Preventing Burnout and Building Resilience

Preventing Burnout and Building Resilience
April 8, 2019 7:48 pm


Knowing that health care professionals face many demands—from long hours to the emotional strain of working with people experiencing pain and trauma—we recently asked Clinical Scholars teams and program co-directors how they nurture themselves to create personal well-being and stay fresh professionally.

We’re sharing their ideas to encourage all health care providers to take a minute to renew their own self-care commitments.

Individual practices

We heard a lot about how our fellows and directors take care of their bodies by exercising, eating healthy, and getting enough sleep. Building good habits is key, they said, and habits are established most effectively if you take small, satisfying steps.

Beyond the physical, they also take care of themselves mentally, emotionally, and spiritually. For some, that means starting the day with half an hour dedicated to journaling or a personal project or taking a real break at lunchtime to recharge. For others, it means using meditation to stay present and aware of their emotions.

Reading 10 pages a day for pleasure or engaging in creative “right brain” activities can help balance the work day. “My most recent hobby is creative writing,” said program co-director Claudia Fernandez. “I love writing because there’s no mess, I can write on a plane, I can share my hobby with my friends, it costs nothing, and it stretches my abilities.”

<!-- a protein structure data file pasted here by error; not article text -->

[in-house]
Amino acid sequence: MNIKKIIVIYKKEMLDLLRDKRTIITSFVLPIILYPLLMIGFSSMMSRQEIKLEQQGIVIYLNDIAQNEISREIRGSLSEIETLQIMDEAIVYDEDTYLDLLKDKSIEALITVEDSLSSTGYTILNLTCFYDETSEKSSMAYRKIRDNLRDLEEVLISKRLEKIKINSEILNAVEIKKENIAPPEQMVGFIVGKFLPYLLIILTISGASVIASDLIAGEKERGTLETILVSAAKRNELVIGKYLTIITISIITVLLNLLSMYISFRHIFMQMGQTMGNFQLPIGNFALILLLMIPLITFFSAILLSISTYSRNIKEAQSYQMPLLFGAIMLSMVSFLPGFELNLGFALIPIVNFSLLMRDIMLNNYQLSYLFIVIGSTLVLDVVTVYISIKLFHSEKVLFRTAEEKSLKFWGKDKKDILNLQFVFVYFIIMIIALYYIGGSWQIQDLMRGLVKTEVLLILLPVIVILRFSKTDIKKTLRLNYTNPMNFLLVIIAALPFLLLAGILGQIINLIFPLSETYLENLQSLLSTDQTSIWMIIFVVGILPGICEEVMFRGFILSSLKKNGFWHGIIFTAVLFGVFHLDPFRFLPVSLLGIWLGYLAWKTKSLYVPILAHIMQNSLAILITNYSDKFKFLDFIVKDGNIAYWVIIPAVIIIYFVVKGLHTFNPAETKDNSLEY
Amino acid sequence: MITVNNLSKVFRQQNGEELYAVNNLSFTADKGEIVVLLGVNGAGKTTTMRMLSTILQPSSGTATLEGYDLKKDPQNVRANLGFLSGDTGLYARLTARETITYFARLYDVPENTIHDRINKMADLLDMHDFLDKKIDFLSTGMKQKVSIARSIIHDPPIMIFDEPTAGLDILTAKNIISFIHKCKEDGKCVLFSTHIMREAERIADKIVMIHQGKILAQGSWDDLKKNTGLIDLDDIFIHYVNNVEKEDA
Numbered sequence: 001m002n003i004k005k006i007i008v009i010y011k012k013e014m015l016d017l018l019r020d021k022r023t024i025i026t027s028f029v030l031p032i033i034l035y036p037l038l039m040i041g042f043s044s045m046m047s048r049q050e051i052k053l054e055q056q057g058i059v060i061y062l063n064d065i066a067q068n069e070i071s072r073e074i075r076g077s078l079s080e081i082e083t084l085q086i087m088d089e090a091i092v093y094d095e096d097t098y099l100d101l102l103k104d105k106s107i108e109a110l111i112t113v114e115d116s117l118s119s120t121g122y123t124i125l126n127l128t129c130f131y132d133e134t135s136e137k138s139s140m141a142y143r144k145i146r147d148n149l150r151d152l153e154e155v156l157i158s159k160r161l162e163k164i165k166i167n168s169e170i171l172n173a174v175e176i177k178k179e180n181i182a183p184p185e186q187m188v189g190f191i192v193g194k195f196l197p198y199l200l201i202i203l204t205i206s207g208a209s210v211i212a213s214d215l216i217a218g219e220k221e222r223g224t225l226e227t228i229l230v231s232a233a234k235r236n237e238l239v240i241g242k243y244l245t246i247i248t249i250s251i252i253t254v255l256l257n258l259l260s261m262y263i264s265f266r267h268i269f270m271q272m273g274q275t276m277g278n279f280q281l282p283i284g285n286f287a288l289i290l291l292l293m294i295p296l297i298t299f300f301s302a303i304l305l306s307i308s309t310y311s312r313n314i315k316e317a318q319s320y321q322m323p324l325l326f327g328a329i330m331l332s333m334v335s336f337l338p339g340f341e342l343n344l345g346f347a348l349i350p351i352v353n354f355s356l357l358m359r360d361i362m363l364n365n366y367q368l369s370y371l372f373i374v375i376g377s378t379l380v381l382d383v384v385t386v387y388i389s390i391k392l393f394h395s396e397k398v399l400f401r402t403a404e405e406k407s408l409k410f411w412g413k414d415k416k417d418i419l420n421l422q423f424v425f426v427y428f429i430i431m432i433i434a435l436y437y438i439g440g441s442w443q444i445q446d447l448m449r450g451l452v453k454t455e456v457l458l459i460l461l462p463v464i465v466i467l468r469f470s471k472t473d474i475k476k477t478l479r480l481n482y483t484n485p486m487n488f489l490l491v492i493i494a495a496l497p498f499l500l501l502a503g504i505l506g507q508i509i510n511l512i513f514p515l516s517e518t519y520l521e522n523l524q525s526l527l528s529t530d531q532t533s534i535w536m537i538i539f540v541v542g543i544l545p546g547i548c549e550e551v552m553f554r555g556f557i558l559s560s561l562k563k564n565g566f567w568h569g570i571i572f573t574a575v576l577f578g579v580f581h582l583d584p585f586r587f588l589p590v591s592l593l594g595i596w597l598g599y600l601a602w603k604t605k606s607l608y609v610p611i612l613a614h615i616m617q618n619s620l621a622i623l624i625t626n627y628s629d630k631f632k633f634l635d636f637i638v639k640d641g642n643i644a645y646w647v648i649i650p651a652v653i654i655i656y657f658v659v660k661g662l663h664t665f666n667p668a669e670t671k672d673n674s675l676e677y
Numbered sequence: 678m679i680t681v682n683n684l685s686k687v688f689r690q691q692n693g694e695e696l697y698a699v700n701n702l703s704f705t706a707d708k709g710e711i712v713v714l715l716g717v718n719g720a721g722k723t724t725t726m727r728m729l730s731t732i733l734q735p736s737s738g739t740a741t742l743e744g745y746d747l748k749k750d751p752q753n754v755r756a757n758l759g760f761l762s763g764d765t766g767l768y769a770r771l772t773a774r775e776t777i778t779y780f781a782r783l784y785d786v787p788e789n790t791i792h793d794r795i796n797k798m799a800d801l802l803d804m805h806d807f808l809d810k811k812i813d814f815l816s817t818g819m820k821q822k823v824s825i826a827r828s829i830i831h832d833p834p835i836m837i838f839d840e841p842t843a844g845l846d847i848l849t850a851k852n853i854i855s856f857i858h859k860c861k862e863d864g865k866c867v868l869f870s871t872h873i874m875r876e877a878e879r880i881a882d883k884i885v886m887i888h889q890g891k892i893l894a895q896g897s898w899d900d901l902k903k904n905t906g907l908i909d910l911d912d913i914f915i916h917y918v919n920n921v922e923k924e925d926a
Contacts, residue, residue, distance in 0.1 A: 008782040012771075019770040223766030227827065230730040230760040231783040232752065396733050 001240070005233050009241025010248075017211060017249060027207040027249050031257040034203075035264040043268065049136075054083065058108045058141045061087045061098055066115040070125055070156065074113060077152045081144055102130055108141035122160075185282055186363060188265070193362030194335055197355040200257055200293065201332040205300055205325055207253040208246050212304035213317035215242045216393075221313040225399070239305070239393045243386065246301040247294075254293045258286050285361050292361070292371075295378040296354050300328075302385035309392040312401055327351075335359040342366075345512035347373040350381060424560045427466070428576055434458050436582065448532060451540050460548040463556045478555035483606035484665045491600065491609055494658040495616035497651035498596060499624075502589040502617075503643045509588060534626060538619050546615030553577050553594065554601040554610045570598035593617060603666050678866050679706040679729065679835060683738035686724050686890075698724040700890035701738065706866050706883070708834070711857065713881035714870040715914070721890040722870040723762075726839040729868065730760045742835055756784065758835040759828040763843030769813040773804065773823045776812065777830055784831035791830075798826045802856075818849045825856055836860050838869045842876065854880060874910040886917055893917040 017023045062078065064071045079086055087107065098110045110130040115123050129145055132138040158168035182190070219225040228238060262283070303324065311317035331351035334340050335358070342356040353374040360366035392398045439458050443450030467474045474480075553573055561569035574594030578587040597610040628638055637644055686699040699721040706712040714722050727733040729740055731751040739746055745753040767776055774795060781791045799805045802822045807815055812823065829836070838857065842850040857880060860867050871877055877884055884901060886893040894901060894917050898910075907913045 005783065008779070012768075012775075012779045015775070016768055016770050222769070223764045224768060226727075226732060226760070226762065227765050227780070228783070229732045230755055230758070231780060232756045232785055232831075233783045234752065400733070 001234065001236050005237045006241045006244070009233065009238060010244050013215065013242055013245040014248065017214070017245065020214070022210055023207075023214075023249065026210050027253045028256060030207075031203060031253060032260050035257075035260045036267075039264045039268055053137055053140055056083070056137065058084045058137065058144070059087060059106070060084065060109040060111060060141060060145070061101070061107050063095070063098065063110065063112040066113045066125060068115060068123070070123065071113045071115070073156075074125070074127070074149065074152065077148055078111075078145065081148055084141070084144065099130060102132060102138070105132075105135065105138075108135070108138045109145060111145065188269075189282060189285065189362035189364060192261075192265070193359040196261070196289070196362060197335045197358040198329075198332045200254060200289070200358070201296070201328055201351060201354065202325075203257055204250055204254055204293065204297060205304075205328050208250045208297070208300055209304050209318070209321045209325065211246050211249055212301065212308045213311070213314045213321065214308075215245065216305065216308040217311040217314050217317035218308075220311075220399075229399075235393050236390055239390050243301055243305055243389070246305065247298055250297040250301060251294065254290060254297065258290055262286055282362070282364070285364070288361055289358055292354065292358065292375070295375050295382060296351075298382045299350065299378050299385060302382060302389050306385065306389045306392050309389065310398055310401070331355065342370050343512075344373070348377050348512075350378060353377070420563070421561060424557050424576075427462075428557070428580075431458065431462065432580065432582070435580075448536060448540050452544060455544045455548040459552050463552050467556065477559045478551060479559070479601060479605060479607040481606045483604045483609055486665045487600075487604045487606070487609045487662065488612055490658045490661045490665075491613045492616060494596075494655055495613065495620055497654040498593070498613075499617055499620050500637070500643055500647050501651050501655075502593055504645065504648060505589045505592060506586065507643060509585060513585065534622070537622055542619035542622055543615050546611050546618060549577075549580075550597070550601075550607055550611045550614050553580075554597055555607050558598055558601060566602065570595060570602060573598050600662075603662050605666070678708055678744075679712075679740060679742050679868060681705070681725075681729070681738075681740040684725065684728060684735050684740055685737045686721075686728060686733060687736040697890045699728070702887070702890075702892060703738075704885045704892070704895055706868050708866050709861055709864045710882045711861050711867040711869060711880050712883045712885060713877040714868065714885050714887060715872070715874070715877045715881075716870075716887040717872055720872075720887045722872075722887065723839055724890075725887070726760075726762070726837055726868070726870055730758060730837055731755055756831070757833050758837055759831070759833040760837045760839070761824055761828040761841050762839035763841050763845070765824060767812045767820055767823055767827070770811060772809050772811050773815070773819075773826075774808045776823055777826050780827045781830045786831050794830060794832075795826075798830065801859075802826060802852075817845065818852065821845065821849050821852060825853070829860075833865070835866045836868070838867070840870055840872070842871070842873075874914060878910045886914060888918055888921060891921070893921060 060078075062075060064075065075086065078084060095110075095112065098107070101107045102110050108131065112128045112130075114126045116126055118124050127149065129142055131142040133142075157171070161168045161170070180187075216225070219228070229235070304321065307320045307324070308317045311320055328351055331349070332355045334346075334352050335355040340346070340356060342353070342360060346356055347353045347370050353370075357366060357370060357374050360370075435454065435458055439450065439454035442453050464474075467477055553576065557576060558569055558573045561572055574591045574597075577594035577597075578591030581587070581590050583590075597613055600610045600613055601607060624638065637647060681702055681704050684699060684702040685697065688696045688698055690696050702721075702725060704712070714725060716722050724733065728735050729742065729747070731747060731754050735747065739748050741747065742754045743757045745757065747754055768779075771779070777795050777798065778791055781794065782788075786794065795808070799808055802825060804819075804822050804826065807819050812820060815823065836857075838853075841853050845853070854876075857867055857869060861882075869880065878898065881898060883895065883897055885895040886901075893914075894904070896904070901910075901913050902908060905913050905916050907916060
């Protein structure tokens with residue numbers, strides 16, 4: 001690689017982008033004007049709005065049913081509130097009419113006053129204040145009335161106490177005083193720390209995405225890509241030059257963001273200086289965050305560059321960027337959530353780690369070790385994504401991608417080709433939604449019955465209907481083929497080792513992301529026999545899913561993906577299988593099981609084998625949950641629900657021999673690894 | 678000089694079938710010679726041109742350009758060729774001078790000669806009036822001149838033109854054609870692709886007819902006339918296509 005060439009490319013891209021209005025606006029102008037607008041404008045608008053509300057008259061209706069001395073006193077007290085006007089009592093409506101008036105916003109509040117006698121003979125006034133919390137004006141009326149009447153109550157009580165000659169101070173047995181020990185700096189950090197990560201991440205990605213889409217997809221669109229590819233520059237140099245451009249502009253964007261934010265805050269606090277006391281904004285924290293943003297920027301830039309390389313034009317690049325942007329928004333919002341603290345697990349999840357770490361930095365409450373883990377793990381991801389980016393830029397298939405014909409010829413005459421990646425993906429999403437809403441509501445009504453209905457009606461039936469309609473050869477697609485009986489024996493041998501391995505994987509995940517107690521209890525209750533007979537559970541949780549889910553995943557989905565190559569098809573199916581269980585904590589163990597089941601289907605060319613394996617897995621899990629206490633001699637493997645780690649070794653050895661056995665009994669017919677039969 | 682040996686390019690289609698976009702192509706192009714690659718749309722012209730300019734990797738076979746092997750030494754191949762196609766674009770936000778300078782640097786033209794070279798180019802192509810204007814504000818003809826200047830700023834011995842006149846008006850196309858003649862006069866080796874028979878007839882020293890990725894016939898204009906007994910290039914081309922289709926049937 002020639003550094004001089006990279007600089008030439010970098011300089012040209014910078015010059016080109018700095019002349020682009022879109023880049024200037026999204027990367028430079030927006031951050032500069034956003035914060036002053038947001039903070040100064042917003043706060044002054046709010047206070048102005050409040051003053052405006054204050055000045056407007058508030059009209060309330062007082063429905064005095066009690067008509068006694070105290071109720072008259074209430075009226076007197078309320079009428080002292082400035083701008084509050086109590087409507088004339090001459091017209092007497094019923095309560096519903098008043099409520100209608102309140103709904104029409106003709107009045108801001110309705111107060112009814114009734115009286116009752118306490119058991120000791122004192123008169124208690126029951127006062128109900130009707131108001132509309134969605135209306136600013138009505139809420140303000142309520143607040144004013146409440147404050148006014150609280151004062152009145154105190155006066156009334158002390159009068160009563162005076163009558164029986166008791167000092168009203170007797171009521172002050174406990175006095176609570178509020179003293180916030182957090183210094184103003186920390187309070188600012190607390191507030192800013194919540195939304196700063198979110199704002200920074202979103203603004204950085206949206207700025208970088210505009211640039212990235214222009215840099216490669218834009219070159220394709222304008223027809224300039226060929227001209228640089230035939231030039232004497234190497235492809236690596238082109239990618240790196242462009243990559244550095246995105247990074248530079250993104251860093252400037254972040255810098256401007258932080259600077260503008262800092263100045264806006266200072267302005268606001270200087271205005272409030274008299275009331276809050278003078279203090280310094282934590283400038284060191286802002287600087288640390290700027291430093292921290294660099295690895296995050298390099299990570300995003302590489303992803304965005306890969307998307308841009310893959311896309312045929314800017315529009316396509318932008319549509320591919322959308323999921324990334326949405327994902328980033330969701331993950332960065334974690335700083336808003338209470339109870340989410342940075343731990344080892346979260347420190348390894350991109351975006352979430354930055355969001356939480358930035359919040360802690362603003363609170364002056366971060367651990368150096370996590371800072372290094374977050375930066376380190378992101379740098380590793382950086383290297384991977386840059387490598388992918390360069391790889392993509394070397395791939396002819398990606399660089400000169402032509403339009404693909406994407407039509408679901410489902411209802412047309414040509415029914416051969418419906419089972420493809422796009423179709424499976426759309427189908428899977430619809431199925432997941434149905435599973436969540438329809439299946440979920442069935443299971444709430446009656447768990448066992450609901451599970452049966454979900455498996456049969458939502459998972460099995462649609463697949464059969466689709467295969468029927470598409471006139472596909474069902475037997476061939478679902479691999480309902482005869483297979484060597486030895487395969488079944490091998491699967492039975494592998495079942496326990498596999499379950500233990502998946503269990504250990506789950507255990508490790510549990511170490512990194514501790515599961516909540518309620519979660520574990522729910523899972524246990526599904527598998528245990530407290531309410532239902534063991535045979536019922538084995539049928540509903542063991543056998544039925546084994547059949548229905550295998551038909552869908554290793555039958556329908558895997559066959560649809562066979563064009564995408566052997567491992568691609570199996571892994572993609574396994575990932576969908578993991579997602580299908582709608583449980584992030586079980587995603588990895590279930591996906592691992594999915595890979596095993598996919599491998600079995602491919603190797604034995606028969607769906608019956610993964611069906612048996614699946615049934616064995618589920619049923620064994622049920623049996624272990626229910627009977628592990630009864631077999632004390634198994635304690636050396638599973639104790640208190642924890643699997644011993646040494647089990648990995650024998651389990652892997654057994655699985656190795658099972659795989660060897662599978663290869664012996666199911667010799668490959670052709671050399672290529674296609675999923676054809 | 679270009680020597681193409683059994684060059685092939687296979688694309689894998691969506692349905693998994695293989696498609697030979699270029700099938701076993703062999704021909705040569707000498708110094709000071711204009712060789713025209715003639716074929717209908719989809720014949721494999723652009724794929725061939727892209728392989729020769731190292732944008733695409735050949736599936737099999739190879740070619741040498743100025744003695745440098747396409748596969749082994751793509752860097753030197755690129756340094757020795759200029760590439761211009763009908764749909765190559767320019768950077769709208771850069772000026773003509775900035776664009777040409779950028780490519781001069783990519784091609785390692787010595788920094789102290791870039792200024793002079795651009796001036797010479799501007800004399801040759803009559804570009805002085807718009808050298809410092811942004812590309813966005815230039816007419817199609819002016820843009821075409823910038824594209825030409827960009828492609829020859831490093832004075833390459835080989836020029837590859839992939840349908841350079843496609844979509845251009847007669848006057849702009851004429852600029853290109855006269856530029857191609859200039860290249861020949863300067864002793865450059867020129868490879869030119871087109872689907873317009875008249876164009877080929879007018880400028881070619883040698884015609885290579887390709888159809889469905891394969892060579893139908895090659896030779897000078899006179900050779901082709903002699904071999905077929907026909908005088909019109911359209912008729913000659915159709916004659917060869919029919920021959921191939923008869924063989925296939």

Getting out of the clinic and into nature came up as a strategy for nurturing, body, mind, heart, and spirit. “My self-care routine is spending time outside regardless of the weather,” said pediatrician Emily Hall, a Clinical Scholars fellow and member of a Montana team.

Personal relationships

Time with others is also a vital element of self-care. “We are social beings and I believe deep, meaningful connections are essential to our well-being,” said program co-director Giselle Corbie-Smith. “Yet the world we live and work in often seems at odds with this fundamental part of our humanity.”

“I try to be intentional about connecting with those I care about at work and home in some way, such as making space in busy days for tea or coffee with a colleague, thinking about meeting structures that allow for exchange of ideas one-on-one or in small groups, or regular breakfasts with my middle school son,” Giselle said.

Big picture views

Some program fellows also noted how important it is to think big picture about their health care systems and to infuse self-care into their workplaces.

“In our work with veterans with mental health issues, substance abuse, and PTSD, we know self-care will need to become an integral component of our organization,” said physical therapist and fellow Jeremy Fletcher, whose team is in Alabama. “Our team is currently discussing our personal values and how we see these integrating into the organization. For example, we begin every team meeting with a time to express our current challenging emotions and conclude each meeting with a prayer or meditation.”

A big picture perspective can also help reframe challenges for both patient and provider. “I do not carry my patients’ pain for them, because I see them as strong, inherently whole, and ultimately very powerful women,” said social worker Samara Grossman, a Clinical Scholars fellow and member of a Massachusetts team. “If they do not yet see themselves this way, I see it as my job to gently and patiently be their guide to that realization.”

We would love to hear your thoughts. Do you see yourself in these reflections? Are there other things you do to nurture yourself?

Please share your thoughts with us by email or on Twitter, where we invite you to tag @CSPfellows and #selfcare4providers.